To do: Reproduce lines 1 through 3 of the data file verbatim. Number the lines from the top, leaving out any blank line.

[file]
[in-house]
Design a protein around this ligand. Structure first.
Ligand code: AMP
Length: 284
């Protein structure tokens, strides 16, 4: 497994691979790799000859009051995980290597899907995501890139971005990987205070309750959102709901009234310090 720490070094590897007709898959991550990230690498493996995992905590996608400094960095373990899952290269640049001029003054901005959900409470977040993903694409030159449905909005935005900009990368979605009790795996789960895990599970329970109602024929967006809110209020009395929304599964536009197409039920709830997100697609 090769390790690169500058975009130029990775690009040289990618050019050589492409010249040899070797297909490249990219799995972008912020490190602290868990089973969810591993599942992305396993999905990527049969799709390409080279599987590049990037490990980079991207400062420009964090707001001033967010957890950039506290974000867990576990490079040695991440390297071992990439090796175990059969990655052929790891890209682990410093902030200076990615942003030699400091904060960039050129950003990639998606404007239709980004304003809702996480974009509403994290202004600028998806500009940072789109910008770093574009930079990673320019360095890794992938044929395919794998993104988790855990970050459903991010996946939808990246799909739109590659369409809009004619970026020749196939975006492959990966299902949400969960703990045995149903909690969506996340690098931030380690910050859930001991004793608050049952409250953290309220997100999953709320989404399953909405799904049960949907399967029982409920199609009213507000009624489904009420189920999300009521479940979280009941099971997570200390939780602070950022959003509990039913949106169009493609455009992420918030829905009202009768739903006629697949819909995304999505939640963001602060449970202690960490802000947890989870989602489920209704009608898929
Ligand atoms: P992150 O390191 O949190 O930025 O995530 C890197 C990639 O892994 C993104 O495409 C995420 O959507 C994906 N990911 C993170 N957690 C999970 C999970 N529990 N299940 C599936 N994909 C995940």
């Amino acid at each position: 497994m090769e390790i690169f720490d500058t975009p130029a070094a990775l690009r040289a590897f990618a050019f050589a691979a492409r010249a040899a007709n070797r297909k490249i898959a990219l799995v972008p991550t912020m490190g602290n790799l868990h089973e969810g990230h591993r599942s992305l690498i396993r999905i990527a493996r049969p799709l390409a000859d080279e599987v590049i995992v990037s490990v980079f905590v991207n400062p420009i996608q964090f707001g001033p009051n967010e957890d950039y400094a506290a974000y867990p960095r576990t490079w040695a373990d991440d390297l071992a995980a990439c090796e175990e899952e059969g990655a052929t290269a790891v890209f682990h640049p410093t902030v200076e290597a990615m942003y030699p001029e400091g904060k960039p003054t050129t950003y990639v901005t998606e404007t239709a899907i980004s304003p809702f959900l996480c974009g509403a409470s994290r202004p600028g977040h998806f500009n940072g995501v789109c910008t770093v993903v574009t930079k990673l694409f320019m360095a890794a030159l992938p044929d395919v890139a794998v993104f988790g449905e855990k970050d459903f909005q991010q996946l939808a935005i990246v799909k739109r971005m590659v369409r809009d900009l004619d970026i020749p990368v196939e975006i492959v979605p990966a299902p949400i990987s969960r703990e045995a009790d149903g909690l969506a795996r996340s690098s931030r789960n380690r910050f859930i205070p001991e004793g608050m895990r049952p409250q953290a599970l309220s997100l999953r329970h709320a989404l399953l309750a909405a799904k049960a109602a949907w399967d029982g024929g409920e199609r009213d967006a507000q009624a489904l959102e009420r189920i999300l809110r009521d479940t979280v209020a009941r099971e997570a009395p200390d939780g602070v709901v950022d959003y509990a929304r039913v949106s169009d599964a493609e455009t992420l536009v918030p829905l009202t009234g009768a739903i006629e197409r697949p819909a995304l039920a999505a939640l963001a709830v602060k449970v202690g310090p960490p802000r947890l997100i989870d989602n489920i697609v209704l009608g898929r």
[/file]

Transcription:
[in-house]
Design a protein around this ligand. Structure first.
Ligand code: AMP